Pic: Douglas Kirkland/Corbis
The picture above evokes very clear memories for me. On what may have been our second trip to New York City, staying as always on West 44th St at the once very seedy Hotel Iroqouis [next door to the far more storied Algonquin,] we members of Gang of Four and our road crew ventured out onto 5th or 6th Avenue where every other store was an electronics store selling a myriad of products, not least giant boomboxes coveted by street kids on bikes with ape hanger handlebars. As Dan Barry says in this NYT article – “the boombox, a cement-block of a device often propped nonchalantly on the shoulder of someone who just assumed the entire neighborhood shared his passion for “Saturday Night Fever.”
Yet we had one product in mind and one goal – the Sony Walkman personal cassette player and an end to the monotony of FM radio in our touring vehicles. Plus personal space and disengagement.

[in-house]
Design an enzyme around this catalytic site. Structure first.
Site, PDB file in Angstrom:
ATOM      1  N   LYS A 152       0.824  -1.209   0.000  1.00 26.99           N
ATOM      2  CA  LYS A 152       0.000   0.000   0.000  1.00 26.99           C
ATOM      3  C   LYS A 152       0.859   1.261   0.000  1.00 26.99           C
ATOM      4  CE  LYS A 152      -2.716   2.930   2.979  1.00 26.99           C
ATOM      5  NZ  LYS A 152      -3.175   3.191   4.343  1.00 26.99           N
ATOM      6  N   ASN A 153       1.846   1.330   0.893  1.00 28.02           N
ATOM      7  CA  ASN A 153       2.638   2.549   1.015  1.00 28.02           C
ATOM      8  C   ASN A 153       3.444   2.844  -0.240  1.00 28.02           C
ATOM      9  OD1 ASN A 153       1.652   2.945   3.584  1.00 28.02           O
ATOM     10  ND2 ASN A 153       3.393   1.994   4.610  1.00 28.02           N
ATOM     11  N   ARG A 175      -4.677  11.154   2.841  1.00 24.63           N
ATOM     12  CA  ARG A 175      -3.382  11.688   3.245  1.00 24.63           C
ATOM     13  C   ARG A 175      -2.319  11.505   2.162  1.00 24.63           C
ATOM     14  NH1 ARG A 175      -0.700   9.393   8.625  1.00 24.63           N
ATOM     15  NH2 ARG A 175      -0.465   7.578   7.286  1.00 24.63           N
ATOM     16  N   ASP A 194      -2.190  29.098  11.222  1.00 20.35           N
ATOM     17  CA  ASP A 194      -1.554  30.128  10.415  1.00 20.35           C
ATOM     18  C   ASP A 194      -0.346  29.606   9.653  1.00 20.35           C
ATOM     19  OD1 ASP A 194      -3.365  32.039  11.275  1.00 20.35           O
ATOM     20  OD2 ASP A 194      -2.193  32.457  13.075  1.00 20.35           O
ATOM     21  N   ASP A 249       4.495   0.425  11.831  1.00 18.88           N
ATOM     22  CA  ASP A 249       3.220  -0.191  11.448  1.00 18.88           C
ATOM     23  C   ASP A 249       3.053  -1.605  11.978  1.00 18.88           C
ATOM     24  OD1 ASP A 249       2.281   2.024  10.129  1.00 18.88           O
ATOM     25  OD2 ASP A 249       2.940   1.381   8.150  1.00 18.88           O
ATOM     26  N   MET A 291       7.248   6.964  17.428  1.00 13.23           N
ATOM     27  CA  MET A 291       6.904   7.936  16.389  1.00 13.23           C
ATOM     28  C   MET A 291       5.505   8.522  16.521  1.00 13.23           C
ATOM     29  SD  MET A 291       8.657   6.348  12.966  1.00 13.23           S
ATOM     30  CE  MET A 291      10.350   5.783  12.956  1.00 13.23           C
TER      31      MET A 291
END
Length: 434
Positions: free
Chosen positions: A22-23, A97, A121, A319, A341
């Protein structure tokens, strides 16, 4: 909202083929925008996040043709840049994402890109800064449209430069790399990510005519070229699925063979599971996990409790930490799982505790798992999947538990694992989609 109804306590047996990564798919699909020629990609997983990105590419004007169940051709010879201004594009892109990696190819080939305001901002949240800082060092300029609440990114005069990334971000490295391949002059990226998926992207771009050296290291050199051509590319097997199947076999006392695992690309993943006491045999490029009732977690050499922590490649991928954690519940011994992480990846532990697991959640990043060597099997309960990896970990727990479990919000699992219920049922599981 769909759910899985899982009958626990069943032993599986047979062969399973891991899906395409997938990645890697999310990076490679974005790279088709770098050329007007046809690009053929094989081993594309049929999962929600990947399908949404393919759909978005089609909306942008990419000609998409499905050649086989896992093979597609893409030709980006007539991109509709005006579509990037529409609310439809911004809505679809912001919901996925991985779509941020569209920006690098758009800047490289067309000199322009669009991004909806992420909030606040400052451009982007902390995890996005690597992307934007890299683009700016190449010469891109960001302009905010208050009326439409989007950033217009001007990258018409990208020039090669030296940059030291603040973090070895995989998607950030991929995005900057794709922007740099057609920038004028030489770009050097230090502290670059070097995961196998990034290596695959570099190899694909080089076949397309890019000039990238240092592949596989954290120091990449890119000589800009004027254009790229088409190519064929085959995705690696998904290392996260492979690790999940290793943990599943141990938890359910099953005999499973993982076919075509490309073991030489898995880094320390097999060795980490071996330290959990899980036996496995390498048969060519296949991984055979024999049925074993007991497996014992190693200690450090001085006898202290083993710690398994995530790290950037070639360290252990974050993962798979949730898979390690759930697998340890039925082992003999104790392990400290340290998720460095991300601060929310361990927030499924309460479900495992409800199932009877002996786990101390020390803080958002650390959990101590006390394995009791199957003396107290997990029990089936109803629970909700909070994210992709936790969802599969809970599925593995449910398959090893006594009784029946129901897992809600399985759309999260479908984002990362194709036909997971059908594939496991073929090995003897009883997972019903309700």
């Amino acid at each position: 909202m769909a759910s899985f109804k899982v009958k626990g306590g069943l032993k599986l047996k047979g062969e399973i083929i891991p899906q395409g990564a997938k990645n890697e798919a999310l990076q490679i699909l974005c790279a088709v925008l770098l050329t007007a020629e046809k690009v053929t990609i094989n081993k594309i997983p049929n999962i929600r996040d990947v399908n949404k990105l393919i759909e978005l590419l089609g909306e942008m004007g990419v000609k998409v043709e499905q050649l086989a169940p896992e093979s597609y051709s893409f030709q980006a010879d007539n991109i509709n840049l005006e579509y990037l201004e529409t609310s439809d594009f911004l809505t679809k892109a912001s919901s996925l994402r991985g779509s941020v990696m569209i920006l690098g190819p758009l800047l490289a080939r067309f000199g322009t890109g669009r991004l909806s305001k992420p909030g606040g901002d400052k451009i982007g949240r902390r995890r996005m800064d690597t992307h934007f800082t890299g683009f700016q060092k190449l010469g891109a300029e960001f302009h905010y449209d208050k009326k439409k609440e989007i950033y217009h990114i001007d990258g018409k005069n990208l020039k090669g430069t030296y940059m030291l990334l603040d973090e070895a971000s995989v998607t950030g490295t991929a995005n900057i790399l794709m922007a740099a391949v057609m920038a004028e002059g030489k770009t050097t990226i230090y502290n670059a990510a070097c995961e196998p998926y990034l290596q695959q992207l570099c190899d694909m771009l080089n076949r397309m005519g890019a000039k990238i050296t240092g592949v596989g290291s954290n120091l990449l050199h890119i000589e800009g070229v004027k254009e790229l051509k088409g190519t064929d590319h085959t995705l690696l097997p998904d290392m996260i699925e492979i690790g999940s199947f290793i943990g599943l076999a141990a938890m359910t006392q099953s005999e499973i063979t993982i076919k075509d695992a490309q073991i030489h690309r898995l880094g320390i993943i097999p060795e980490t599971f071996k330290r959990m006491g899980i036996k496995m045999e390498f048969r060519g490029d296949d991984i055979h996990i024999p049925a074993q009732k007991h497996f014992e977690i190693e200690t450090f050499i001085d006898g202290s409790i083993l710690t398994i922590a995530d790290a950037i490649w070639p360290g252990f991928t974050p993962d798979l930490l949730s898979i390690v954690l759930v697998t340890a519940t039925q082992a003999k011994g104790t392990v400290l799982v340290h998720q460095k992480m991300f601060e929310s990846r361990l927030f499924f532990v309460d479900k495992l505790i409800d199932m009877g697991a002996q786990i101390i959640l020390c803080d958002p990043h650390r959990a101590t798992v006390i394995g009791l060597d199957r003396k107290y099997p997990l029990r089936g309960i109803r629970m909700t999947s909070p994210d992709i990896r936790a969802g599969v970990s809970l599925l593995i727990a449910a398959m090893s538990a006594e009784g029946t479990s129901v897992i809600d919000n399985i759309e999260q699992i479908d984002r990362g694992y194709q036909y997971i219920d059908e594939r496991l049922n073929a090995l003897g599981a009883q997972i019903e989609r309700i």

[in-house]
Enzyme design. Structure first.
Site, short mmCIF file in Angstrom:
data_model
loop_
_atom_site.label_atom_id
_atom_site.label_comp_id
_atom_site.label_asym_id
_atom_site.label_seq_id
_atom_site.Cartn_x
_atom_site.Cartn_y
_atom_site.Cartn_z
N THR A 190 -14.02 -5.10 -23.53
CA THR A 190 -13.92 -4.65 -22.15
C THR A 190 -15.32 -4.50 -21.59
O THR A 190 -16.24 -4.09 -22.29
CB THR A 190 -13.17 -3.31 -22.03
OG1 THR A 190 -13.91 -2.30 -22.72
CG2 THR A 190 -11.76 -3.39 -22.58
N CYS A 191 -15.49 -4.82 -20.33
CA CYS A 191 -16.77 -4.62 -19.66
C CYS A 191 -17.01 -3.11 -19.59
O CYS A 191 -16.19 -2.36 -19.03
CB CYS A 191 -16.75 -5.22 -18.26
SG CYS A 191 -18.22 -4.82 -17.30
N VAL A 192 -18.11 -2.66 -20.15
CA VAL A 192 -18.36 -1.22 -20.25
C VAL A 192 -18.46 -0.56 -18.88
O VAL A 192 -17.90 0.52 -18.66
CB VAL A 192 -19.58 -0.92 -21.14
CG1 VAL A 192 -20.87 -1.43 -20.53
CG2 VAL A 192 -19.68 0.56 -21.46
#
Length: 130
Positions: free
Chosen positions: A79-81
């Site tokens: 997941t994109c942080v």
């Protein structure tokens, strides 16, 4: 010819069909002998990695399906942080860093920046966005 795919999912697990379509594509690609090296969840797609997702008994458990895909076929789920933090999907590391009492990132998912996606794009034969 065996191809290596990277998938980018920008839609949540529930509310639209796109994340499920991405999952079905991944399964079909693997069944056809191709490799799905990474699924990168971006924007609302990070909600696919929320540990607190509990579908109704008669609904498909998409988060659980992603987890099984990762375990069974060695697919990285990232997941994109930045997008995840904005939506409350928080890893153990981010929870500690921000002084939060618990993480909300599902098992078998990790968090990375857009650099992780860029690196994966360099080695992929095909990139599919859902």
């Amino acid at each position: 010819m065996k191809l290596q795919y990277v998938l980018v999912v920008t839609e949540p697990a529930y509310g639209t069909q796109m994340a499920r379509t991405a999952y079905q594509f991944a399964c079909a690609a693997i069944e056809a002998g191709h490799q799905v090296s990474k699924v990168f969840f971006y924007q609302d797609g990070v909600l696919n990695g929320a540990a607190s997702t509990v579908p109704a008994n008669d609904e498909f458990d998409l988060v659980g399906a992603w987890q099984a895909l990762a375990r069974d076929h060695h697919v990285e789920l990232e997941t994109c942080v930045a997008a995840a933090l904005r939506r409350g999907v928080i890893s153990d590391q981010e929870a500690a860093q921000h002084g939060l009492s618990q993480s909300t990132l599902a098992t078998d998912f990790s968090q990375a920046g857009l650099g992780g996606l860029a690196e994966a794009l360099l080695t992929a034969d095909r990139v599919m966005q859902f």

The Sony Walkman
It’s hard to believe now that Sony dropped the ball and let Apple sneak past them to deliver the best MP3 player on the market; the iPod. In 1979, all we could imagine then was that this was a technology that may never be surpassed, as the idea of music as ones and zeroes was incomprehensible at the time to a bunch of 22 year old punk rock musicians. It’s laughable that soon enough, because of this new technology, the music industry would resort to printing a message on record sleeves that read ‘Home Taping is Killing Music’ with a skull and crossbones symbol – yes, even in 1979 music lovers were pirates; oh the irony!
The record industry then went ahead in the mid-1980′s and one-upped its self – the CD, a perfect device for having us buy our music catalogs again in a more ‘convenient’ format; unfortunately those shiny discs comprised of ones and zeroes thus spelling the end of major label control.
Happy birthday to you, Sony Walkman, you know not what you have wrought..